I stopped reading the fine print on my packs of cigarettes a long time ago.
San Diego, California
A belated thank you for Lenora Todaro's coverage of the Washington, D.C., demonstrations against the International Monetary Fund and the World Bank ["Portrait of a Protest," April 25]. The Village Voice is one of the few publications that have grasped the significance of what appears to be a growing movement that has focused on the root of so many problems in the modern world: plutocracy. The movement cut its teeth in Seattle, learned to walk in D.C., and will reach adolescence in time for the Republican and Democratic national conventions. By this time next year, the authorities may have a big, brawny protest movement on their hands.
To say that Indiana University coach Bobby Knight's basketball teams "haven't truly been successful in 13 years" [Jockbeat, May 23] is to also condemn as a failure every other team in the country that hasn't won a national banner.
Although Indiana hasn't won an NCAA championship since 1987, it won more games in the 1990s than any other team in the Big Ten. IU last went to the Final Four in 1992, and may well have gone back the following year if forward Alan Henderson hadn't hurt his knee. IU has been to the NCAA tournament 15 consecutive years. It hasn't won a Big Ten title outright in 10 years, but guess what? Illinois hasn't won a conference title outright in 48 years; the drought is 30 years at Iowa. The last five years admittedly have not been up to the high standards Knight's earlier teams established, but it's worth noting that IU beat three of this year's Final Four teams in the regular season, spent much of the year ranked in the top 20, and was the last team to beat eventual champion Michigan State. I am not necessarily saying success justifies Knight's bad behavior, but the record is more complicated than Jockbeat admits.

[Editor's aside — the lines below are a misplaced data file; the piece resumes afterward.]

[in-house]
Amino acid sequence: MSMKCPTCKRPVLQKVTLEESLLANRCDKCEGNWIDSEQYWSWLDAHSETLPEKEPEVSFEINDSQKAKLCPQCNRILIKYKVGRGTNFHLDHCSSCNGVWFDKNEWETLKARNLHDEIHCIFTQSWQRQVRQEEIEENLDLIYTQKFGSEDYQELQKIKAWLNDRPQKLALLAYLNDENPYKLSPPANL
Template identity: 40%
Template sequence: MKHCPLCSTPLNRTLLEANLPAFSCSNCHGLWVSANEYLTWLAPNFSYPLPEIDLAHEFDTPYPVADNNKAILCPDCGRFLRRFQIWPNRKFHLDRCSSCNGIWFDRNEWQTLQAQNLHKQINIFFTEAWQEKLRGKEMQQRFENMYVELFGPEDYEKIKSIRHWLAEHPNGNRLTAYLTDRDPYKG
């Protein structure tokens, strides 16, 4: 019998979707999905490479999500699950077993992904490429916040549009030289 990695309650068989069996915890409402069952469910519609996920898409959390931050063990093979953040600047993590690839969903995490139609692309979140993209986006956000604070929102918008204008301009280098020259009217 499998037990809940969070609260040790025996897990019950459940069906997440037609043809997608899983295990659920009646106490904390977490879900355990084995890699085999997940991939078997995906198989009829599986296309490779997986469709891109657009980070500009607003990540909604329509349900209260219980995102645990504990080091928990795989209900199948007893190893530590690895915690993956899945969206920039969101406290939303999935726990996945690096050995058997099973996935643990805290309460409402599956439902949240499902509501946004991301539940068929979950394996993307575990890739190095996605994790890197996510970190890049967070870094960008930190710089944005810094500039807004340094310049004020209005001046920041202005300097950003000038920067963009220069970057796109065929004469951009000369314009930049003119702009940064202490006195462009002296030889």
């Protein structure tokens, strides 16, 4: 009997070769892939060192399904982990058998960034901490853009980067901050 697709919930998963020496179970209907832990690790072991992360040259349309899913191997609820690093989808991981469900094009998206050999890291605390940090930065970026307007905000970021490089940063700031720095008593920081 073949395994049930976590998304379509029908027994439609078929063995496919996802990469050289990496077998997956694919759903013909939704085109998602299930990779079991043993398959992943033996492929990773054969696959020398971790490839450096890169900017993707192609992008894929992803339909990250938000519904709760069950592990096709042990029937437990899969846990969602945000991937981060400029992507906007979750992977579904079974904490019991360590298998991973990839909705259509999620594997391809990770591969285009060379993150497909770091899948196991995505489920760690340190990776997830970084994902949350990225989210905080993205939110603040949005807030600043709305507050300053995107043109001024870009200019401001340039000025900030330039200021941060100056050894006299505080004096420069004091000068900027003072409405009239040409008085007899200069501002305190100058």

Re "Yo' Mama" [May 23] by Andrew Hsiao, about the Mother's Day protests by Asian and Latina garment workers in New York City: Thank you for the interesting and informative overview. Glad to see a mass medium acknowledging the efforts of small grassroots organizations.